A Good Read is one of my favourite book programmes. Originally Sue McGregor presented this. She is a consummate broadcaster. Now the more bookish Harriet Gilbert is at the helm. The idea is that 2 personalities make their suggestions of a Good Read alongside Harriet Gilbert. It’s a rich source of recommendation and its always more interesting when three, rather than one, review a book.
Yesterday featured Irish comedian Andrew Maxwell and Pakistani writer Kamila Shamsie. Handling a fall out between the two other contibutors is a skill and Harriet Gilbert did it rather well The comedian could not stand Anita Desai’s Clear Light of Day and Shamsie did not think too much of Maxwell’s choice Tortilla Flat. I am a big John Steinbeck fan, who combines a simplicity of style with a deeper complexity of character. Harriet Gilbert didn’t care for the central character Danny as he beat up prostitutes. I do not think you have to care about a central character to appreciate the novel and was disappointed by her stance. She chose a memoir by Doris Lessing In Pursuit of the English which she wrote when first coming to London. I might read this but, having read Anita Desai, I thought her a lightweight .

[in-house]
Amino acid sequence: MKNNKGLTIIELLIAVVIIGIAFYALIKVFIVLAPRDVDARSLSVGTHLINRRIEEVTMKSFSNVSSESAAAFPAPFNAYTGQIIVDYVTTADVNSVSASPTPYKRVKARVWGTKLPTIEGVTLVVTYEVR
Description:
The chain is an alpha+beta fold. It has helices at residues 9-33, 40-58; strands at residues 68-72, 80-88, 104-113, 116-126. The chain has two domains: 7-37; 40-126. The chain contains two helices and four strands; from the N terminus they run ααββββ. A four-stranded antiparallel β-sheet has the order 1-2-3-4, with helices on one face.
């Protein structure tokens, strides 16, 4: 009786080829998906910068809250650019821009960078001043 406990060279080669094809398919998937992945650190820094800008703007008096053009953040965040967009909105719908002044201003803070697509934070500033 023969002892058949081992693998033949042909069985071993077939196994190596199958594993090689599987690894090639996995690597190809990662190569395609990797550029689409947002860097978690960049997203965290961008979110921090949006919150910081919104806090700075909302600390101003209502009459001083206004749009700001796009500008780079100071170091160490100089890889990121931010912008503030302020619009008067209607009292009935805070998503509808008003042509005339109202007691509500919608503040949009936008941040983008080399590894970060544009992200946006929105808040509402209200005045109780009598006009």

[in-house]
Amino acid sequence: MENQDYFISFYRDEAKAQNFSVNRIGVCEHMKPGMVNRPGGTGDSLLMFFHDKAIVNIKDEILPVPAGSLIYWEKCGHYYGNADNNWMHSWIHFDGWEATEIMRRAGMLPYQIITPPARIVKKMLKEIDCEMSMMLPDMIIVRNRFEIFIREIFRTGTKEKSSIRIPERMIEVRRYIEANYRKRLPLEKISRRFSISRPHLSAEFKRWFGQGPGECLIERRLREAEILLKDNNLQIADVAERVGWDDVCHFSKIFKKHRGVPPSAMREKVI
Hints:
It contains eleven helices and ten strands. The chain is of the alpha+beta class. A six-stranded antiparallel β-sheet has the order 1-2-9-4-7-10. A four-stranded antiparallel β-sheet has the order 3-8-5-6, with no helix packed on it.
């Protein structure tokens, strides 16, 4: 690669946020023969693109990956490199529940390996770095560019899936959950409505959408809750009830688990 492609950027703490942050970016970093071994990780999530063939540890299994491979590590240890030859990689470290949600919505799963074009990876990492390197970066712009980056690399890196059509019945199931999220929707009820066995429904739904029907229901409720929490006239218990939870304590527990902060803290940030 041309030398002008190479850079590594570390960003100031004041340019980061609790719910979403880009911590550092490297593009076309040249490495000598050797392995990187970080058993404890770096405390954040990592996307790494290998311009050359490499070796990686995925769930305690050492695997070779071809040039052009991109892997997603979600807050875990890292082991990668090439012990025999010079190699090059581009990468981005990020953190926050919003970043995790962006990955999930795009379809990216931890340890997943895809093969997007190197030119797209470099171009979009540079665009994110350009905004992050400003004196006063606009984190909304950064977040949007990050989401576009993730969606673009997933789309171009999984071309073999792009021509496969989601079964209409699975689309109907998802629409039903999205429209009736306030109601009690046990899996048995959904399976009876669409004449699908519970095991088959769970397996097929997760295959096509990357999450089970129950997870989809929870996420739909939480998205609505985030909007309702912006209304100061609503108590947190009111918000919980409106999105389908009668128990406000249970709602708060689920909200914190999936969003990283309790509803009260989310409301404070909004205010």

The progamme can select a contributor who, whilst well known, has no feeling for literature and this is a shame. It’s at its best when someone has a deep intellect and advocates a book in a stimulating way. The Archbishop Of Wales recommended the Cellist of Sarajevo by Steven Galloway, the extraordinary tale of the cellist who played the Albinoni Cello Adagio at the spot outside a bakery where 22 were killed by a mortar shells during the siege of Sarajevo.
Those who criticise the BBC, and I have been one myself, should appreciate the high quality of Radio 4 arts programmes in which A Good Read is a worthy feature.